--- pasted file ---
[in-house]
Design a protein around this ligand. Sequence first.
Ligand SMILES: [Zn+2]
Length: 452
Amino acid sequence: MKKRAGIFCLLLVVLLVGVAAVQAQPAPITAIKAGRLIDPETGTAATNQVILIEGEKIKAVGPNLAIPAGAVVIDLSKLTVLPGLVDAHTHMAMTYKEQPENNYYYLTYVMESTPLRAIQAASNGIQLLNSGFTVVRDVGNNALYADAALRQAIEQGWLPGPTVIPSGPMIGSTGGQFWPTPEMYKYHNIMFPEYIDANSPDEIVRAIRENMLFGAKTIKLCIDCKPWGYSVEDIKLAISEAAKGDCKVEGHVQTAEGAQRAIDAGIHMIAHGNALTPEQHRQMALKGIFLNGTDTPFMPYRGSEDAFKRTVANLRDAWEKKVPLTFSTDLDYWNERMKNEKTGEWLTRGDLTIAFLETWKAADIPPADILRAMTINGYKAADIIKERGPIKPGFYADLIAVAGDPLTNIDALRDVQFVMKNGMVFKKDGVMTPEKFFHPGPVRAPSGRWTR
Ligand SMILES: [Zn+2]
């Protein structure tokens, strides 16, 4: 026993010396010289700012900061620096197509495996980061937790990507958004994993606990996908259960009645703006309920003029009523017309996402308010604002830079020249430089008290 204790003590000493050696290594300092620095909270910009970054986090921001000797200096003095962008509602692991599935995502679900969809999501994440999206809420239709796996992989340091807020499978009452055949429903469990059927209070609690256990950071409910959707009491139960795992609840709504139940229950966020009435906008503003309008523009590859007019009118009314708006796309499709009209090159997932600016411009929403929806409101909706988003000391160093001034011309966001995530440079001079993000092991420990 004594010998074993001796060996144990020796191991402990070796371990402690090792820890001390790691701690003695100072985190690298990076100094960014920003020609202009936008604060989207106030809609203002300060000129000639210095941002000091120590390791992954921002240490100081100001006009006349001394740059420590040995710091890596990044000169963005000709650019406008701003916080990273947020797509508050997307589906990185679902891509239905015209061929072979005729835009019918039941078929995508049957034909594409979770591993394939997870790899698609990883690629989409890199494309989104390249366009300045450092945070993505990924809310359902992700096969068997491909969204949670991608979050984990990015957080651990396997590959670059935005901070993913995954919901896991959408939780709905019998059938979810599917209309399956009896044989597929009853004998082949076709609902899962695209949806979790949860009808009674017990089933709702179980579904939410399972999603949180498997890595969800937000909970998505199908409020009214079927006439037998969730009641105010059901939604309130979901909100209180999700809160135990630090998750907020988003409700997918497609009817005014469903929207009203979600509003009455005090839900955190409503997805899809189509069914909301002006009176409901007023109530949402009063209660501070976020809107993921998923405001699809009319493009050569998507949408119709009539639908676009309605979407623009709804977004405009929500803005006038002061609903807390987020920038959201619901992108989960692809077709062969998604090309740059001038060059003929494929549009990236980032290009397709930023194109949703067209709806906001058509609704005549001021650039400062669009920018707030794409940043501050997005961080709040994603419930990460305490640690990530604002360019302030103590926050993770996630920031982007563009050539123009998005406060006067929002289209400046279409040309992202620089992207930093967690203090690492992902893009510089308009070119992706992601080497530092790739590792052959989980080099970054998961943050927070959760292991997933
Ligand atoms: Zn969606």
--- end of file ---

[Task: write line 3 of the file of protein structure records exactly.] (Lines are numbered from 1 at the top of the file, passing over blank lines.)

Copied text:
Ligand SMILES: [Zn+2]